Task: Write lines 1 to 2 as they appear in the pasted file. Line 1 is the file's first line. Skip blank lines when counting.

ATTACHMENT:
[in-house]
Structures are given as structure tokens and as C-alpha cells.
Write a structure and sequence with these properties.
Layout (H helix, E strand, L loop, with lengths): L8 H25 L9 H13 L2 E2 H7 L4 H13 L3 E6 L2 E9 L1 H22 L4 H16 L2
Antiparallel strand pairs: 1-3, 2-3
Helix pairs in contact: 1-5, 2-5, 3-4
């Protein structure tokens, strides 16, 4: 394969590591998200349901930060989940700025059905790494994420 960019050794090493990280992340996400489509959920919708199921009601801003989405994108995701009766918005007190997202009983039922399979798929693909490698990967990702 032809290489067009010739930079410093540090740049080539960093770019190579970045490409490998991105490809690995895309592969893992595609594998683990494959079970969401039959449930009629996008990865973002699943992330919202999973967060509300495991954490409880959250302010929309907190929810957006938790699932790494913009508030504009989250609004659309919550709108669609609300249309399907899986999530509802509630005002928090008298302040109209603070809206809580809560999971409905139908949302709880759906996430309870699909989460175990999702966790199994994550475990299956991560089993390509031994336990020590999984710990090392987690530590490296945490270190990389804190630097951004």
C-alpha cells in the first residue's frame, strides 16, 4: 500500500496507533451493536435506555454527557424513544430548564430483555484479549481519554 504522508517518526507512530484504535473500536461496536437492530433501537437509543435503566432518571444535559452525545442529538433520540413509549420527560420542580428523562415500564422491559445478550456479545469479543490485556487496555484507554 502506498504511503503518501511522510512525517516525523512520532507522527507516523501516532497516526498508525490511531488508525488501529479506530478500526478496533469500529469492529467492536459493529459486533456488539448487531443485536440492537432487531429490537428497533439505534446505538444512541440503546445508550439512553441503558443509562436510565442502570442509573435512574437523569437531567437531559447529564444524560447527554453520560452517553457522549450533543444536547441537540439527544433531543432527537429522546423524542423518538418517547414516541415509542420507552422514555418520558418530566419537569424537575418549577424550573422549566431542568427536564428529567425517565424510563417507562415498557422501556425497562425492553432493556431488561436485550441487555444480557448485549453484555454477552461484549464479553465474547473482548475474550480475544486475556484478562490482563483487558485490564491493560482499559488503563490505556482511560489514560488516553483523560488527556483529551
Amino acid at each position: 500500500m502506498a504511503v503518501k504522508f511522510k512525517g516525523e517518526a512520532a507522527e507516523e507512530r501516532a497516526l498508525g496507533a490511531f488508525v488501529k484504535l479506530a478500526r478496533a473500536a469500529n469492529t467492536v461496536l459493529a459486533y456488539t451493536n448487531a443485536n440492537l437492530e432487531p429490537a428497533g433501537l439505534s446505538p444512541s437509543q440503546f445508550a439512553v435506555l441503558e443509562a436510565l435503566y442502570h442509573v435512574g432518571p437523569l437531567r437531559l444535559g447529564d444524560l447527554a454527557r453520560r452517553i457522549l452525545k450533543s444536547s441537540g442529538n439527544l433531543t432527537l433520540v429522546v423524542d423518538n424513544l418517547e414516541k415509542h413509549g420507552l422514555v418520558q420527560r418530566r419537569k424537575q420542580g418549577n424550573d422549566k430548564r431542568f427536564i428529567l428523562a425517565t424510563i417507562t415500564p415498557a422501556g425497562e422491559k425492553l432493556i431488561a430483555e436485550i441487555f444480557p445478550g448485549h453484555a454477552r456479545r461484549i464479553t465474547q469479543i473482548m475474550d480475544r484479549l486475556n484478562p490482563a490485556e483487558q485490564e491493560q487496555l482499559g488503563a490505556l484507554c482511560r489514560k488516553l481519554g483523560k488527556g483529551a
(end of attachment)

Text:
[in-house]
Structures are given as structure tokens and as C-alpha cells.